|Publication number||US6971897 B1|
|Application number||US 10/696,485|
|Publication date||Dec 6, 2005|
|Filing date||Oct 29, 2003|
|Priority date||Oct 29, 2003|
|Publication number||10696485, 696485, US 6971897 B1, US 6971897B1, US-B1-6971897, US6971897 B1, US6971897B1|
|Inventors||Roger L. Beavers, Victor L. Wright|
|Original Assignee||Tyco Electronics Corporation|
|Export Citation||BiBTeX, EndNote, RefMan|
|Patent Citations (102), Non-Patent Citations (15), Classifications (7), Legal Events (4) |
|External Links: USPTO, USPTO Assignment, Espacenet|
Gel-filled telephone jack
US 6971897 B1
An improved gel-protected registered telephone jack includes a cavity in a housing, and a rear opening to the cavity that permits positioning an insert that connects permanent telephone wires to spring connectors. A front opening receives a plug to make contact between wires in the plug and the spring connectors, and a gel on the spring connectors prevents corrosion of the connectors. Guides for the insert are mounted lower in the rear opening than is conventional and the housing adjacent the rear opening extends rearwardly more than is conventional, so the positioned insert is lower and more rearward than is conventional. A retainer binds the insert to the housing and thereby limits fore-and-aft translational movement of the insert within the cavity.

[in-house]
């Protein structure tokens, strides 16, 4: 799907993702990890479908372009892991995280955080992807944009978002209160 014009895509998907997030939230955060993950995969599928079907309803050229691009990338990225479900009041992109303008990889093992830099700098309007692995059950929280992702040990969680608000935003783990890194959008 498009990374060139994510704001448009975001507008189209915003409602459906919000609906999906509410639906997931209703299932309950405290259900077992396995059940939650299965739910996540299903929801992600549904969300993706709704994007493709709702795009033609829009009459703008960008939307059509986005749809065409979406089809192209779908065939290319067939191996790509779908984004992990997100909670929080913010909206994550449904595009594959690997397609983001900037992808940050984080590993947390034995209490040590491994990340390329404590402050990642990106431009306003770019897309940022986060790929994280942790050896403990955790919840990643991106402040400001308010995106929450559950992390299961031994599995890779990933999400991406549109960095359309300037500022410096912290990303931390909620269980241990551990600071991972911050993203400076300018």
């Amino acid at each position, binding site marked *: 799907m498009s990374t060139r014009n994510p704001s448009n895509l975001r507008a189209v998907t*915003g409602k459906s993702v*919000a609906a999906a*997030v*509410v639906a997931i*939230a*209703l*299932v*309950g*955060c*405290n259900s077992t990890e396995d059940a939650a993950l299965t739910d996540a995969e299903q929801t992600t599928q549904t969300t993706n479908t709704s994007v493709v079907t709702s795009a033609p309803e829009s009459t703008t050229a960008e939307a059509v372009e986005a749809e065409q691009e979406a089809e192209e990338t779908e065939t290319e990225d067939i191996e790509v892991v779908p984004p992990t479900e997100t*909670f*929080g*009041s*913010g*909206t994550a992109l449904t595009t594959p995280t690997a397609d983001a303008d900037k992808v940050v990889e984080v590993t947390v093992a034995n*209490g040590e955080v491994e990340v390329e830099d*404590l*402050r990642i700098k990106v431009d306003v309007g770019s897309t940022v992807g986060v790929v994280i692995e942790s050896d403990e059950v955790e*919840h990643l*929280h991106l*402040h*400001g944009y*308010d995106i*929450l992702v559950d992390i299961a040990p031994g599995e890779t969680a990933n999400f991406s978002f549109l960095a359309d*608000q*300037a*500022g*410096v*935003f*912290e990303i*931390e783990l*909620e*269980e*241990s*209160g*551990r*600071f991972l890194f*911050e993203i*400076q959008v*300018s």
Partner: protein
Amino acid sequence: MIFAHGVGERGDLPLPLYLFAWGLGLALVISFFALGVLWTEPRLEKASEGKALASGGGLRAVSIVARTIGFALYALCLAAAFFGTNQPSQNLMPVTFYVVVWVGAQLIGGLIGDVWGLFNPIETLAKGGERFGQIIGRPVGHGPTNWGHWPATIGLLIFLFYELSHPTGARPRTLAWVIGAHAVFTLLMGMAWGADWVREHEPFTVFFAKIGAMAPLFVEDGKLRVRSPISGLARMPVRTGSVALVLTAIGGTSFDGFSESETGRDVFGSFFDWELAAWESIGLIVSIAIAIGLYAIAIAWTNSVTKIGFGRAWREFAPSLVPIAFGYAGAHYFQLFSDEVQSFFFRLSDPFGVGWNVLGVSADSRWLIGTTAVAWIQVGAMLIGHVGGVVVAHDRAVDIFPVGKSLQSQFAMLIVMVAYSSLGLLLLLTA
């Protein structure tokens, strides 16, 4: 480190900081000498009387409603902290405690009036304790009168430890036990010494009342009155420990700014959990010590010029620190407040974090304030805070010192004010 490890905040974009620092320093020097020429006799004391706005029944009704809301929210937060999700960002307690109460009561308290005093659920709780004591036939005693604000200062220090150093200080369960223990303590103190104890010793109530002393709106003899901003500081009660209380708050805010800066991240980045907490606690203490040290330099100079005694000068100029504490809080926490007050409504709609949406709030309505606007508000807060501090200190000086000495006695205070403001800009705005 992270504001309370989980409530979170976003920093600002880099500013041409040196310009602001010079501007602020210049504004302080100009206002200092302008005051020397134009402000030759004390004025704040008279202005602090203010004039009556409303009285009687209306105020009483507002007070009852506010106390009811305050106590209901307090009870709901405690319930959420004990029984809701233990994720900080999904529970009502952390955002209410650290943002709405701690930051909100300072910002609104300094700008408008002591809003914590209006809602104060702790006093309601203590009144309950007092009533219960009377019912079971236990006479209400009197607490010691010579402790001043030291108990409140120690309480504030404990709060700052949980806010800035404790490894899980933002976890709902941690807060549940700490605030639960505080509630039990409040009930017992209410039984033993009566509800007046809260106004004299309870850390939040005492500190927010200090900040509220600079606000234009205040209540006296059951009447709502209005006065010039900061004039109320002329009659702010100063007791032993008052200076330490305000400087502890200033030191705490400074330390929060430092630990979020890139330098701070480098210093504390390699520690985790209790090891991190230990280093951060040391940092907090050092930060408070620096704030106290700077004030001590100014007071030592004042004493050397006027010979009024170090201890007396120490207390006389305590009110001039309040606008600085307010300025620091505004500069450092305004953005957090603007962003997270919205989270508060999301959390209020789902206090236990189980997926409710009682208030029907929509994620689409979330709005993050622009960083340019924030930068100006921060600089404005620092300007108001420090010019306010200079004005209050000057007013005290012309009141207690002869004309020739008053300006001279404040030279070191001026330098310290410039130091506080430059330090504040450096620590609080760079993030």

1. An improved gel-protected registered telephone jack of the type including a housing, a cavity in the housing, a rear opening in the housing communicating with the cavity to permit positioning of an insert that connects permanent telephone wires to spring connectors, a front opening in the housing communicating with the cavity to receive a plug so as to make contact between wires in the plug and the spring connectors with a gel on the spring connectors to prevent corrosion of the connectors, the improvement comprising: a retainer to bind the insert to the housing and thereby limit fore-and-aft translational movement of the insert within the cavity, wherein the retainer includes a bar having two ends extending across the rear opening and having two ends rigidly joined to the housing and a portion of the bar between the two ends rigidly joined to the insert.